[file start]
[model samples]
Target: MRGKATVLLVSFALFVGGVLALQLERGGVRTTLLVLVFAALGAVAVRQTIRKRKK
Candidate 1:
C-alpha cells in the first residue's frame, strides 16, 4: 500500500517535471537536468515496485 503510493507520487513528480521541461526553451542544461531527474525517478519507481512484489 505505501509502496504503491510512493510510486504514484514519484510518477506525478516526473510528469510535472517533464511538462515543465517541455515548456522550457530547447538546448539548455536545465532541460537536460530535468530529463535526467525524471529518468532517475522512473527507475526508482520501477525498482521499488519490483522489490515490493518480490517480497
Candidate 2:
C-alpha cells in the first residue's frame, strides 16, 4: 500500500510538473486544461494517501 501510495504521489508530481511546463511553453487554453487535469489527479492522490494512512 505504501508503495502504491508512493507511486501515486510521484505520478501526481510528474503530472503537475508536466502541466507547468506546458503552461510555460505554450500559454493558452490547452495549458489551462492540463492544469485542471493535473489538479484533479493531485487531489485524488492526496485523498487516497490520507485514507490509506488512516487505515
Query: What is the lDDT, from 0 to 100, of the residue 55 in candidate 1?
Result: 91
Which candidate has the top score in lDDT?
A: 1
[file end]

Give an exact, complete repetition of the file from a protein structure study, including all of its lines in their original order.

[model samples]
Target: MRGKATVLLVSFALFVGGVLALQLERGGVRTTLLVLVFAALGAVAVRQTIRKRKK
Candidate 1:
C-alpha cells in the first residue's frame, strides 16, 4: 500500500517535471537536468515496485 503510493507520487513528480521541461526553451542544461531527474525517478519507481512484489 505505501509502496504503491510512493510510486504514484514519484510518477506525478516526473510528469510535472517533464511538462515543465517541455515548456522550457530547447538546448539548455536545465532541460537536460530535468530529463535526467525524471529518468532517475522512473527507475526508482520501477525498482521499488519490483522489490515490493518480490517480497
Candidate 2:
C-alpha cells in the first residue's frame, strides 16, 4: 500500500510538473486544461494517501 501510495504521489508530481511546463511553453487554453487535469489527479492522490494512512 505504501508503495502504491508512493507511486501515486510521484505520478501526481510528474503530472503537475508536466502541466507547468506546458503552461510555460505554450500559454493558452490547452495549458489551462492540463492544469485542471493535473489538479484533479493531485487531489485524488492526496485523498487516497490520507485514507490509506488512516487505515
Query: What is the lDDT, from 0 to 100, of the residue 55 in candidate 1?
Result: 91
Which candidate has the top score in lDDT?
A: 1